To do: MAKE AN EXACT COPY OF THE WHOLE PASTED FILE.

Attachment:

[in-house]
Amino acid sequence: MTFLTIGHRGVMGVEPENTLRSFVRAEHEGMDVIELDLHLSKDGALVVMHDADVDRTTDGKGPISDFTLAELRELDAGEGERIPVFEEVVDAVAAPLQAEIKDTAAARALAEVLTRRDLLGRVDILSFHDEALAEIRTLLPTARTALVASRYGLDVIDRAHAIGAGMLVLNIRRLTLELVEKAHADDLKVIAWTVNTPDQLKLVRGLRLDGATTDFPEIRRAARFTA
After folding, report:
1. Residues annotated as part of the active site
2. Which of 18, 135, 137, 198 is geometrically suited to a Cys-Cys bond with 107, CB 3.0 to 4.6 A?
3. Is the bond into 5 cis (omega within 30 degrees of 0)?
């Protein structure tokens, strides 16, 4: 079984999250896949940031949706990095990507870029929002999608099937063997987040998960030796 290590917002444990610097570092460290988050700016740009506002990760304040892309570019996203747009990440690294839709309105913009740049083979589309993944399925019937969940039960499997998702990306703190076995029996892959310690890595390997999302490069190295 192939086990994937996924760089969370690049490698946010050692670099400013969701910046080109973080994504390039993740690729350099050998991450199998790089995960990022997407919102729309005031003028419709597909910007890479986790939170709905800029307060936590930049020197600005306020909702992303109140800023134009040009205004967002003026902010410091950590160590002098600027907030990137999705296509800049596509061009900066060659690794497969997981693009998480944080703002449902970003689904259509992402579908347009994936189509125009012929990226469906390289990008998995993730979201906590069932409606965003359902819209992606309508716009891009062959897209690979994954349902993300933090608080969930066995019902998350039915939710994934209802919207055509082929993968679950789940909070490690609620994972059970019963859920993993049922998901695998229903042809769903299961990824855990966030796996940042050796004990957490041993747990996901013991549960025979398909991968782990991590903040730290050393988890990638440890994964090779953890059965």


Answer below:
[in-house]
Amino acid sequence: MTFLTIGHRGVMGVEPENTLRSFVRAEHEGMDVIELDLHLSKDGALVVMHDADVDRTTDGKGPISDFTLAELRELDAGEGERIPVFEEVVDAVAAPLQAEIKDTAAARALAEVLTRRDLLGRVDILSFHDEALAEIRTLLPTARTALVASRYGLDVIDRAHAIGAGMLVLNIRRLTLELVEKAHADDLKVIAWTVNTPDQLKLVRGLRLDGATTDFPEIRRAARFTA
After folding, report:
1. Residues annotated as part of the active site
2. Which of 18, 135, 137, 198 is geometrically suited to a Cys-Cys bond with 107, CB 3.0 to 4.6 A?
3. Is the bond into 5 cis (omega within 30 degrees of 0)?
């Protein structure tokens, strides 16, 4: 079984999250896949940031949706990095990507870029929002999608099937063997987040998960030796 290590917002444990610097570092460290988050700016740009506002990760304040892309570019996203747009990440690294839709309105913009740049083979589309993944399925019937969940039960499997998702990306703190076995029996892959310690890595390997999302490069190295 192939086990994937996924760089969370690049490698946010050692670099400013969701910046080109973080994504390039993740690729350099050998991450199998790089995960990022997407919102729309005031003028419709597909910007890479986790939170709905800029307060936590930049020197600005306020909702992303109140800023134009040009205004967002003026902010410091950590160590002098600027907030990137999705296509800049596509061009900066060659690794497969997981693009998480944080703002449902970003689904259509992402579908347009994936189509125009012929990226469906390289990008998995993730979201906590069932409606965003359902819209992606309508716009891009062959897209690979994954349902993300933090608080969930066995019902998350039915939710994934209802919207055509082929993968679950789940909070490690609620994972059970019963859920993993049922998901695998229903042809769903299961990824855990966030796996940042050796004990957490041993747990996901013991549960025979398909991968782990991590903040730290050393988890990638440890994964090779953890059965």